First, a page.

Learn which graph driver should be used on which OS.
- [Instructor] The Docker DCA study guide says that you should be able to know what a storage driver is, what the various storage driver options are that are available to you, and what the different use cases are for those storage drivers. So, let's explore that a little bit. First off, what is a storage driver? Well, in Docker, ideally, you aren't writing to the container's writable area. And instead, you're using Docker Volumes, which we'll talk more about in a future video.
However, there are workloads that require you to be able to write to the container's writable area and to be able to do that, you need a storage driver. To go with Docker's motto, which is that the batteries are included, but they are changeable, or pluggable in this case, there are a number of different storage drivers that you can plug in and plug out. A storage driver allows you to write to that writable layer, but you have a number of different options. So what are those options? Well, if you look down here, Docker first recommends the overlay two storage driver.
It says that that is preferred, followed by the overlay driver. None of these require extra configuration, and overlay two is the default choice in Docker CE, with device mapper being next. If we scroll on down, the Docker documentation tells us that depending on the Linux distribution that you're using, there are different recommended storage drivers available to you. For example, with Docker CE on Ubuntu, they first recommend AUFS, followed by device mapper, and then followed by overlay two, overlay, zfs, and vfs.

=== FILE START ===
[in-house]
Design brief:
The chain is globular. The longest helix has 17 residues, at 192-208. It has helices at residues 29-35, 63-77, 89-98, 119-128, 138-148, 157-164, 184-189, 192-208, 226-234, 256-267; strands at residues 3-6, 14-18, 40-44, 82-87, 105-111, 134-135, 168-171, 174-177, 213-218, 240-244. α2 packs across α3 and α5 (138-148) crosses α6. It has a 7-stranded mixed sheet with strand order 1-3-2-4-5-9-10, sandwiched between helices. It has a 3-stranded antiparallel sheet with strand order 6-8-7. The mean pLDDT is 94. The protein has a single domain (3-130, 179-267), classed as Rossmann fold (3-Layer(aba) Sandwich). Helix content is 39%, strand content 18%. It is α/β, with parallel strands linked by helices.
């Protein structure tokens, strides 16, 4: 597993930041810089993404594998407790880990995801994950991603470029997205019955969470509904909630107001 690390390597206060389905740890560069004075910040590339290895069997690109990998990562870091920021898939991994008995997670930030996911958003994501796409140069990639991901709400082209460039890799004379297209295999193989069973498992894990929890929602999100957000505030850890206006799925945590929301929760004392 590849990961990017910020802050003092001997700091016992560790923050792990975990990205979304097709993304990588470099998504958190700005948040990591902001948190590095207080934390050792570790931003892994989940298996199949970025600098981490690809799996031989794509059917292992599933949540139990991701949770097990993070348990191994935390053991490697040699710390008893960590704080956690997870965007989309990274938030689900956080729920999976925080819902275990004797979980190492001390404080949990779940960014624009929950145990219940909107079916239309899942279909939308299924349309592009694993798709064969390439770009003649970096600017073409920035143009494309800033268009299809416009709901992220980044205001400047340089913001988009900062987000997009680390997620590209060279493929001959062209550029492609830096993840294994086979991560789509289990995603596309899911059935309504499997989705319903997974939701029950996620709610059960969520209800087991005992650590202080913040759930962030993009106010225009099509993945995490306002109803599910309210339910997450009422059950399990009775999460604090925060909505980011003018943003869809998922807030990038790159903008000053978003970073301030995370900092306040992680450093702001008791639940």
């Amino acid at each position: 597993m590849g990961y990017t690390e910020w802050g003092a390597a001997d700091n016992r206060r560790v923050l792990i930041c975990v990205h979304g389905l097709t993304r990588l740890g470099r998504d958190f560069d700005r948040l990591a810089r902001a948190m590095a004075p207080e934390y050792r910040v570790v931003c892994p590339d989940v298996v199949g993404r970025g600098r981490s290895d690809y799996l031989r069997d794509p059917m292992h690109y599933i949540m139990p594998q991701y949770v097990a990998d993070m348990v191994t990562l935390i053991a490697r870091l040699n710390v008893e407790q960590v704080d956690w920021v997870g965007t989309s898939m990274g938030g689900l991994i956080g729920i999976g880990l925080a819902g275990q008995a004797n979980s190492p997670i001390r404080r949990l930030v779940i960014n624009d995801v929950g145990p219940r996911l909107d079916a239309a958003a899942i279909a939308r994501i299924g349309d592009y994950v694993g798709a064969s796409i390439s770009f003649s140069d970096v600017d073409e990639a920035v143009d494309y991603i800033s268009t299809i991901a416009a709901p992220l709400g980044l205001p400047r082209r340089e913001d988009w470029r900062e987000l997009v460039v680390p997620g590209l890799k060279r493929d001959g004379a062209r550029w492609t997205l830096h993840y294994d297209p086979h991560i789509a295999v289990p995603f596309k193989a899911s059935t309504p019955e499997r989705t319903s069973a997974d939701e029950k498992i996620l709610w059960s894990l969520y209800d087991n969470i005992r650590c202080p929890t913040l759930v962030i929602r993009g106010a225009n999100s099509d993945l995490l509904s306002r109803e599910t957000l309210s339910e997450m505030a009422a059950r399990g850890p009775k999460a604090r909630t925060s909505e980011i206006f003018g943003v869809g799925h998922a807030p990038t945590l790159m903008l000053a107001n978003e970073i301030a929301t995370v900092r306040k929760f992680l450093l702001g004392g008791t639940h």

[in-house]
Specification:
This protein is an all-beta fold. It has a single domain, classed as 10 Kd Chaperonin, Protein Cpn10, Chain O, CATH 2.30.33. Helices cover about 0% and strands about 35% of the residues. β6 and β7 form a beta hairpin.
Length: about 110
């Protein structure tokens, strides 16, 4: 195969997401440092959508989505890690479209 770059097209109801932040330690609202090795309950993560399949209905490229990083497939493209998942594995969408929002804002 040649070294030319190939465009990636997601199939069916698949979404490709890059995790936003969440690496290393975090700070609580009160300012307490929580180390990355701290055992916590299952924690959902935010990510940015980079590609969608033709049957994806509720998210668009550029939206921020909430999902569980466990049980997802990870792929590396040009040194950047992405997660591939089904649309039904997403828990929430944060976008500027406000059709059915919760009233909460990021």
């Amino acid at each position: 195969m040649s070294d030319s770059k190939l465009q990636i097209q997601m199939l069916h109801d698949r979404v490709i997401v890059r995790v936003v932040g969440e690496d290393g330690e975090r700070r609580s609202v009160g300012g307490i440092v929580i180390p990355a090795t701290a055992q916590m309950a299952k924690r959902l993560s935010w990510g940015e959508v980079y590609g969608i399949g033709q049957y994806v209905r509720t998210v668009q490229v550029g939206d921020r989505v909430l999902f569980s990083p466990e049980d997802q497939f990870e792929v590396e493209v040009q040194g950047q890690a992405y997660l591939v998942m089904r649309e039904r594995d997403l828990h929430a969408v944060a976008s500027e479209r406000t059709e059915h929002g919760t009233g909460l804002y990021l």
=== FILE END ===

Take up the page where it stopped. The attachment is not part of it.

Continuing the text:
However, with Docker CE on CentOS, they first just recommend device mapper followed by VFS. And then this changes if you're using Docker CE on Fedora. It even changes again if you're using Docker EE. If we scroll on down, you can see that, for example, in Docker for Mac and Docker for Windows, modifying the storage driver on these platforms is not even possible. And, depending on the file system that you have available to you, that might also determine the storage driver that you're able to use.
Moving on down in the documentation here, it's important to note in this big red message here that says, "When you change your storage driver, "any existing images and containers become inaccessible." That's because when you change the driver that allows you to access the writable layer of the container, you are, of course, going to lose access to the containers that were created using that driver. So don't just go off and, without some planning, change the storage driver from one storage driver to another storage driver because you will suddenly be unable to access your containers.
And that's a very bad thing. So how do you see what storage driver you're currently using, and how would you change the storage driver? Let's find out.